Yep, that’s right, from now on we’re starting and ending with gifs, probably related to one another, for as long as I can keep it up. By the way, gif should be pronounced with a hard “g,” as in guy, because when I pronounce it jif, I just think of this:
Sorry, sorry, we’ve divulged already, what was I supposed to be talking about again? Uh-huh. Hmmm. I see. Okay, so I’m supposed to be writing about Signs. Just about a week-ish ago, I watched Signs. And boy, oh boy, did I like it. Signs is great. I love Signs. If you don’t like Signs, you might as well leave now, as I’m an idiot and nothing I will say could possibly change your mind. But, if you’d like to stay, who am I to tell you no?
Signs is a 2002 suspense thriller, and is the fourth film directed by M. Night Shyamalan, though it is only one of 3 of his that are worth talking about. Well, 4. The Happening is hilarious.
Anyways, Signs stars Mel Gibson (in his last film role worth talking about, you know, ’cause he’s nuts), Joaquin Phoenix, Abigail Breslin, and one of the Culkin brothers. Wait, let me check…it’s Rory Culkin. Doesn’t really matter. They all look the same, anyways.
Signs is fantastic. Well, it’s fantastic insofar as M. Night accomplishes exactly what he set out to do: create a well-crafted, edge-of-your-seat, well-acted thrill ride that never lets up. There’s never a dull moment in the 107 minute runtime, and I’d say that’s an accomplishment. The characters are intriguing, their interactions fascinating. The dialogue is captivating, not in a Tarantino way where everything that’s being said is a monologue that says deep things in new ways relatable to the average film geek, nor in a Nolan way, where the monologues are speeches about deeper meanings delivered by archetypes who embody aspects of humanity, and not even in a Wachowski way, where upper-level philosophy is spoken in the layman’s terms. No, the characters feel like real people saying real things in real conversations, how the ordinary would react to the extraordinary. And it’s absolutely captivating. I couldn’t wait to hear what the characters had to say next.
And speaking of the characters, wow, are the performances great. Mel Gibson is spectacular in what I consider to be his best role, and Joaquin Phoenix’s Merrill provides a perfect contrast to Gibson’s Graham. The child performances, too, are stand-out, some of the best I’ve seen in a mainstream American film, up there with the ranks of River Phoenix, Haley Joel Osment, and Home Alone-era Macaulay Culkin. Both Rory Culkin and Abigail Breslin are fantastic, and a certain line spoken by Breslin is particularly stand-out.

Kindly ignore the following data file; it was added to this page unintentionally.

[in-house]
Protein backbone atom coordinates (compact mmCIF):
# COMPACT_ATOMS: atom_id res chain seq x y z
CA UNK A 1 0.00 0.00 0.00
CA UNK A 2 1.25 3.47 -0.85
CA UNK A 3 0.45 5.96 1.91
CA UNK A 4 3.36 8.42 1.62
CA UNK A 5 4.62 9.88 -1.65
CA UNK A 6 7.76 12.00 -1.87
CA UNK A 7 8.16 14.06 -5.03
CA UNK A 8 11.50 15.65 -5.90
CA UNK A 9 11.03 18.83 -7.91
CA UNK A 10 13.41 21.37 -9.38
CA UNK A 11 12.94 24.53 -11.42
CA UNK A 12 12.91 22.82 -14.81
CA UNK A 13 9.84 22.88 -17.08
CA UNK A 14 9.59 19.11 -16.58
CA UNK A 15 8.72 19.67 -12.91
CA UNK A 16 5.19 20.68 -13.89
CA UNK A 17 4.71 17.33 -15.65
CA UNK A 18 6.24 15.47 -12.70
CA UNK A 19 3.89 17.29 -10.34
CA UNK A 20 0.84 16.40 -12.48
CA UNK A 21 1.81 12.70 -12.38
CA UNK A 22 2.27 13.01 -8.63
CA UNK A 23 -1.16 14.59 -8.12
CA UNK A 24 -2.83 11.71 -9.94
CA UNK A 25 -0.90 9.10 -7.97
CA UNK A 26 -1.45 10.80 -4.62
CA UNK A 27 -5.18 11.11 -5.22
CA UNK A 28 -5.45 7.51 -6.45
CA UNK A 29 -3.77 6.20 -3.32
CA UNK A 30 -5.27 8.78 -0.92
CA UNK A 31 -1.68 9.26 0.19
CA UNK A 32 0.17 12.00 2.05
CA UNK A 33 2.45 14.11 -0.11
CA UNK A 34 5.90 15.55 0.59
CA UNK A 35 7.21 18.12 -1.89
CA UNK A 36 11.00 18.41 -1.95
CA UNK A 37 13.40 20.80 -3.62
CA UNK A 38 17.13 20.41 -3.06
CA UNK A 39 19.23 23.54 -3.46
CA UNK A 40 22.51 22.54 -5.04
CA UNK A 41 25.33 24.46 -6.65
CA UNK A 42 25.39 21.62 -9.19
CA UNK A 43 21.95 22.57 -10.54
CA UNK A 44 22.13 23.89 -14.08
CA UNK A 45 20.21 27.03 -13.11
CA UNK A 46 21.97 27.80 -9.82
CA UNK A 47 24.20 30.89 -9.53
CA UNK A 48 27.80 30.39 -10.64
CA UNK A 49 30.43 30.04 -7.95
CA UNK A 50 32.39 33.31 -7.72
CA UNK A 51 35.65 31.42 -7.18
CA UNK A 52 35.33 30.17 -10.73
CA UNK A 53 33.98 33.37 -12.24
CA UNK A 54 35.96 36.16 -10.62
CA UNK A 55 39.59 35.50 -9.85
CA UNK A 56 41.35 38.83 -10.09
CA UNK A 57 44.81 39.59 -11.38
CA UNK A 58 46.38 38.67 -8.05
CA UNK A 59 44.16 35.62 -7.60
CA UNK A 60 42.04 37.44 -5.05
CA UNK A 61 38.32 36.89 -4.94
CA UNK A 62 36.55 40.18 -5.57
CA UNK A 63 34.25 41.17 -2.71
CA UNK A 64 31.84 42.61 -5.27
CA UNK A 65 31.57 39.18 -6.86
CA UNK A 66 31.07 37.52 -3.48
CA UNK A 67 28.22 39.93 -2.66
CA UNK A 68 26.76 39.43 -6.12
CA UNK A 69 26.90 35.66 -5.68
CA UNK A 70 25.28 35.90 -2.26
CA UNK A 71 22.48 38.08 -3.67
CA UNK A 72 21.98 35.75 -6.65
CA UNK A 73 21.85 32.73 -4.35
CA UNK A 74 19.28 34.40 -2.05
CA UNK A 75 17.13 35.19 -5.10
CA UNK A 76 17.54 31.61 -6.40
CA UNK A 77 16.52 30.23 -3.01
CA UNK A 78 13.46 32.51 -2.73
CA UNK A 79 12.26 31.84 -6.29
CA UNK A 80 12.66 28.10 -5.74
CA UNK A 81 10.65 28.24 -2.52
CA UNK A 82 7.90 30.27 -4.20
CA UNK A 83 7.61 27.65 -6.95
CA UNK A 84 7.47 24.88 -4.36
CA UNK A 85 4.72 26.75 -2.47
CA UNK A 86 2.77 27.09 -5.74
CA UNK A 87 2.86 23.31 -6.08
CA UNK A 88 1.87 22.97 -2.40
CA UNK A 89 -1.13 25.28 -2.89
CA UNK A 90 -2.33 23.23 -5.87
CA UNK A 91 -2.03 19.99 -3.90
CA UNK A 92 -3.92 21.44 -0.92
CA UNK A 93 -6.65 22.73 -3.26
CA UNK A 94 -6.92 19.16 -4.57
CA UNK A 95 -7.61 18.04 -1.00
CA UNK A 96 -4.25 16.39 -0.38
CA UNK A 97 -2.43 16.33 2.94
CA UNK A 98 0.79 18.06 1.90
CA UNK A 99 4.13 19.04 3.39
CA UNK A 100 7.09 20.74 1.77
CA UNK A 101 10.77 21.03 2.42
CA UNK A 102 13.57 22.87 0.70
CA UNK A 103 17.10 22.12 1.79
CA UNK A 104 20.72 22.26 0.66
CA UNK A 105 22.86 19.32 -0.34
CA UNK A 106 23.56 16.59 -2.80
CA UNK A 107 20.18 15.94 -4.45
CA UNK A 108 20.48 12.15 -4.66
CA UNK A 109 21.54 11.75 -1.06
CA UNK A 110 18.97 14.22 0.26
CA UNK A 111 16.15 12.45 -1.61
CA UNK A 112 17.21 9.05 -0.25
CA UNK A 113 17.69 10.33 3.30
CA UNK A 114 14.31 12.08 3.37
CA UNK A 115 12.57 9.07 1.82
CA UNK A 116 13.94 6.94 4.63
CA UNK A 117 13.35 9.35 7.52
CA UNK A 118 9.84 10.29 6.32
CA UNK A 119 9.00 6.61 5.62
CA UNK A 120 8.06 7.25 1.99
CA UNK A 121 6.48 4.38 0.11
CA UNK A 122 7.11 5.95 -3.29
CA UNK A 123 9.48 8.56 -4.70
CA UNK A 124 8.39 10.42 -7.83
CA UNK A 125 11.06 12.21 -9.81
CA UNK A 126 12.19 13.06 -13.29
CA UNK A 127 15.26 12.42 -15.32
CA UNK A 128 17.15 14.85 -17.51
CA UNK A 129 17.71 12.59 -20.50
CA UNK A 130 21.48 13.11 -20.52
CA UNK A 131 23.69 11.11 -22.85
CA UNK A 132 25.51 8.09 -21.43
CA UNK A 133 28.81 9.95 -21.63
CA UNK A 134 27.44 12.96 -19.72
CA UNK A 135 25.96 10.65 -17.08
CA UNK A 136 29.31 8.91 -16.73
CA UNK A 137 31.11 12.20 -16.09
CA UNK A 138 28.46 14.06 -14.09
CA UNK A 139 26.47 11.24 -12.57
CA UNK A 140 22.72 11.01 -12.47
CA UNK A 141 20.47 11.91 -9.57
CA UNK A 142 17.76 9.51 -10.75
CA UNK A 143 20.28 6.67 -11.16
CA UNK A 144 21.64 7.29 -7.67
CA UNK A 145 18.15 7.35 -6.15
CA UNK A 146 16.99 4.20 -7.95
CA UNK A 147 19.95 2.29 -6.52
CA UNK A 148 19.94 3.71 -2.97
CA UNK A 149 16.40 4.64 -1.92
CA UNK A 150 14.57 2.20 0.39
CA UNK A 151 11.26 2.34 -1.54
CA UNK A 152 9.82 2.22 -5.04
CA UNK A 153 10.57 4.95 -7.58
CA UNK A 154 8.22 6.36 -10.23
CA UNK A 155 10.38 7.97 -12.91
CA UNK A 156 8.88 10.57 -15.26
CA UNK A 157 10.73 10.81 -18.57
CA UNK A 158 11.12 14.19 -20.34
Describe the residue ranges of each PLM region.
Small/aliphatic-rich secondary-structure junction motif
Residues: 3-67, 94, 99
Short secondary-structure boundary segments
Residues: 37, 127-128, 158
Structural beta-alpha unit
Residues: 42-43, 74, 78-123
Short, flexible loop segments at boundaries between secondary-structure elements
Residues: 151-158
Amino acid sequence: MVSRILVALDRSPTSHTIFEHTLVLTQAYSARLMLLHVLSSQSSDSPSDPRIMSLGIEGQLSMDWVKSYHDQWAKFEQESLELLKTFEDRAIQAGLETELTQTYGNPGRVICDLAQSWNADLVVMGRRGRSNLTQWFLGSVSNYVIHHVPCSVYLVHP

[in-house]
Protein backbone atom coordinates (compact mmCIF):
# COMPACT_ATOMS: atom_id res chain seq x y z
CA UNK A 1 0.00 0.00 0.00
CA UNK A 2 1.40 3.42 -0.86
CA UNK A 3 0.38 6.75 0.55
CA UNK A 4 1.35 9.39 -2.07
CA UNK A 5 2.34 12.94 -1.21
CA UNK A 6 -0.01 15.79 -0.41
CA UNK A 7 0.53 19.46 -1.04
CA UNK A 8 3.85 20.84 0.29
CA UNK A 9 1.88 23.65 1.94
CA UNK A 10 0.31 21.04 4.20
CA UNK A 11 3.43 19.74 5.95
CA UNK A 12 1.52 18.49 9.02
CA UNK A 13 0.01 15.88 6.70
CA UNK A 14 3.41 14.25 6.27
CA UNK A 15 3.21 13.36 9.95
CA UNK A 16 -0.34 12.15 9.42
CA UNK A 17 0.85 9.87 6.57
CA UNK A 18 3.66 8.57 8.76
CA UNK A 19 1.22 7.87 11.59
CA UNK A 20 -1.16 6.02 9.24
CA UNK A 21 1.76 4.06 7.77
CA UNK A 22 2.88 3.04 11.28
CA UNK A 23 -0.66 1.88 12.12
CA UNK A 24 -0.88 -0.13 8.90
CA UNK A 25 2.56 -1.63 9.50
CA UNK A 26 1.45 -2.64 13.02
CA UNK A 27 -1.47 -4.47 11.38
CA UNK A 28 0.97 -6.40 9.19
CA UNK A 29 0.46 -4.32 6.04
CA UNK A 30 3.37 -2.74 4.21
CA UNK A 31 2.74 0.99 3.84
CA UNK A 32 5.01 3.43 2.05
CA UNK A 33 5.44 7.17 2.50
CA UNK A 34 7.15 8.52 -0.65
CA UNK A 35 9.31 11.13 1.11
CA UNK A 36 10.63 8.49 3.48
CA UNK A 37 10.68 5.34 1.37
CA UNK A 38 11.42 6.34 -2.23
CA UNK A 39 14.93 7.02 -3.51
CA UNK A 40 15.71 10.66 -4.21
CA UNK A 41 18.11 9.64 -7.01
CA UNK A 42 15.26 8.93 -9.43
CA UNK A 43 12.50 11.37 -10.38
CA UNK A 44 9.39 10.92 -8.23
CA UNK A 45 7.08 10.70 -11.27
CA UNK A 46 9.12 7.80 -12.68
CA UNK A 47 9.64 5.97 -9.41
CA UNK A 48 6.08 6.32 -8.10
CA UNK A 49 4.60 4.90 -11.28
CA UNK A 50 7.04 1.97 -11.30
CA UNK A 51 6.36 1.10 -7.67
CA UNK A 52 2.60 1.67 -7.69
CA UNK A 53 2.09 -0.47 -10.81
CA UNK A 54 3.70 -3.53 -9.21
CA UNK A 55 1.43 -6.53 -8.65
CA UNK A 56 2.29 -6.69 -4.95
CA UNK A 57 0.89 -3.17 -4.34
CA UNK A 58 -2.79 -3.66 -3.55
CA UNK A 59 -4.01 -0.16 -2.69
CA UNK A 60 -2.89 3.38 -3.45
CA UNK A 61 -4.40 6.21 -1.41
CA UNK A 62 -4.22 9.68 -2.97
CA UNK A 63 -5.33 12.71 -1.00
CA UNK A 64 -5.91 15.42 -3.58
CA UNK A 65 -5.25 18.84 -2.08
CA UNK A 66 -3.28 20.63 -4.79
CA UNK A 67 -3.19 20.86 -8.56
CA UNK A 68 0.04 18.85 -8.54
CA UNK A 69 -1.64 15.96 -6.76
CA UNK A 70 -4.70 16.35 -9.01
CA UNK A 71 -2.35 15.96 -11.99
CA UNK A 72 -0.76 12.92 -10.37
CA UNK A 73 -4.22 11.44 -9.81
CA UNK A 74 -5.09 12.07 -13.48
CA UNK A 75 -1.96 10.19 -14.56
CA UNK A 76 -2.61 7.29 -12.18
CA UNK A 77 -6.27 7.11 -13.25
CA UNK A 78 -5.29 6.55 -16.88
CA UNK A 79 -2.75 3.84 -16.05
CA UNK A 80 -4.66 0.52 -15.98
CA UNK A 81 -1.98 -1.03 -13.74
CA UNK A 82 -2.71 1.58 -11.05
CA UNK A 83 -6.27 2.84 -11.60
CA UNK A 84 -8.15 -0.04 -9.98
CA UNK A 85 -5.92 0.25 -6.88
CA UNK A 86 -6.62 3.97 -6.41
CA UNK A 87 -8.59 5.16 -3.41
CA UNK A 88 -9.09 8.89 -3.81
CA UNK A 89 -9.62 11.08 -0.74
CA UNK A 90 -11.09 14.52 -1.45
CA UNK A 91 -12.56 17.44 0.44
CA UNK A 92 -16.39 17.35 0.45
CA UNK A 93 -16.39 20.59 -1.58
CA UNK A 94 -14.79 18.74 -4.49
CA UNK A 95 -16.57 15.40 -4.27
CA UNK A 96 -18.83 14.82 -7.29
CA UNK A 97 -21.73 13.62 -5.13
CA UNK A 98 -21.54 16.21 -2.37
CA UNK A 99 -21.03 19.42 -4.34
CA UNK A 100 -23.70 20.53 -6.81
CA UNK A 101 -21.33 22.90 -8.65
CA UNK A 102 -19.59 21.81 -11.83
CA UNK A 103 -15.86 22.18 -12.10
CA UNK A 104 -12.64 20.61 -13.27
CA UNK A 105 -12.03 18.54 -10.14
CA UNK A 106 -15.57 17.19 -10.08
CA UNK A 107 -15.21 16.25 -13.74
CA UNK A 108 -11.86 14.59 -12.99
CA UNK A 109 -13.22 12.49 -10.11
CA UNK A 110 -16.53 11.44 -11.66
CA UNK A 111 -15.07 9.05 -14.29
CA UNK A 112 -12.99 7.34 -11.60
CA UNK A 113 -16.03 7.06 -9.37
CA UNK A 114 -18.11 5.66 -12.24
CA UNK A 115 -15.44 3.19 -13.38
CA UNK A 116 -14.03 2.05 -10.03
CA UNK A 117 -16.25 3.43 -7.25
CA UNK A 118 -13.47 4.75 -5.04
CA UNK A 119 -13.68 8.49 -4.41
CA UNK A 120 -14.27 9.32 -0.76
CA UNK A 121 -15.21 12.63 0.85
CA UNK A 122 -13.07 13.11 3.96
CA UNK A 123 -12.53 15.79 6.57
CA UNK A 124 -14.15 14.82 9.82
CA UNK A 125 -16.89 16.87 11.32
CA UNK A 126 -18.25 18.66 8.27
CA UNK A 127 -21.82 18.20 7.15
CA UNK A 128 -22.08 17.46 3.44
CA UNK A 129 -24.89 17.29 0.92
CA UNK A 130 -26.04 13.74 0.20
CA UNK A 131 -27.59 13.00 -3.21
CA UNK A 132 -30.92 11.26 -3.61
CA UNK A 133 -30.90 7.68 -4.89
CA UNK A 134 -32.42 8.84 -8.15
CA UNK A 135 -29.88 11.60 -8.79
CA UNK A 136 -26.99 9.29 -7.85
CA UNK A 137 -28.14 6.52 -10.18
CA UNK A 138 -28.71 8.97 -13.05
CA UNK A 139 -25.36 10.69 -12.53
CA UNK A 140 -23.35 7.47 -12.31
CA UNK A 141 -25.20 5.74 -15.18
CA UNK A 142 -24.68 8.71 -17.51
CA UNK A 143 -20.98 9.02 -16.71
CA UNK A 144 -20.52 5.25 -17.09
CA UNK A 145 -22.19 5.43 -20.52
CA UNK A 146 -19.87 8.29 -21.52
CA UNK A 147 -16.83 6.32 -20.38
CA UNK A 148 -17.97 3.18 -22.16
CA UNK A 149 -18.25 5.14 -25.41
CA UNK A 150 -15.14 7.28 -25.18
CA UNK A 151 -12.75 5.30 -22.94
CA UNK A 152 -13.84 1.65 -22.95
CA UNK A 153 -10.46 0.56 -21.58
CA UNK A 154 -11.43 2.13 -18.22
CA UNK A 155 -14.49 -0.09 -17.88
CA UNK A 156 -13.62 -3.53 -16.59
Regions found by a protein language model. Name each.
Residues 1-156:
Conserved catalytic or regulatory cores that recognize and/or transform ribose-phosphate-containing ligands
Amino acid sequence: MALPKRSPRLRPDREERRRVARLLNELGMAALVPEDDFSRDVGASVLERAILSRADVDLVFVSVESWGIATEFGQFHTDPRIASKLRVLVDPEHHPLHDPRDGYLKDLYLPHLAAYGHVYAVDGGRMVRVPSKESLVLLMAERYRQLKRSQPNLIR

There’s very little to complain of in Signs, the perspective of the alien invasion is unique; while most films focus on the world’s reaction, this film elects to stay with a small town, more specifically, with just one family, as they are progressively cut off more and more from the outside world, leaving them alone to fend for themselves. And that’s where the complaints come in. “Why can’t the aliens open up locked doors?” Excuse me, have you ever tried to open a locked door? It’s not easy. Even just bashing the doorknob out of a ruined door to salvage it for firewood isn’t easy with the usage of a hammer. I know, I’ve done it. And the aliens aren’t much bigger or stronger than humans, they, in fact, seem to be taller, more lithe, lighter, faster and more agile. And then the bigger complaint comes in. “Why are the aliens naked when their weakness is water?” Well, there are several answers to that, like, at least 2:
- The aliens are a preliminary scout team, they’re not equipped for full-on invasion, and are trying to avoid that to prevent humans from pulling an ID4 and using nukes. They want the earth to not be destroyed, thank you very much.
- It’s entirely likely that the aliens don’t know that water is acidic to them up until it touches them. Superman didn’t know Kryptonite was deadly to him until he touched it. Just sayin’.
Okay, we good? Yeah, I think we are.
Signs is incredible, and has become one of my favorite films, possibly even eclipsing The Sixth Sense and Unbreakable, which means it gets a definite A+.
So, yeah, I hold a rather not-quite-so-popular opinion on the Internet.
But, anyways, thanks for reading my odd ramblings, and I hope that you (at least somewhat) enjoyed yourself. Remember to laugh, smile, and, whatever you do, do not say “libeary” instead of “library.” Or “matoor” instead of “muhtchur” for mature. Or, obviously, “sherbert” instead of “sherbet.”
Quick announcement before we wrap things up: In October, on the alternating weeks when I’m not doing a Bond-themed post, I’ll be talkin’ horror, and nothin’ but. So, if you like horror, or are simply a sadist who wants me to be scared, then you can look forward to that. Back to my uninteresting close-out.
I guess that it is time for me to be wrapping things up, so I just want to thank you guys once again, and good-bye.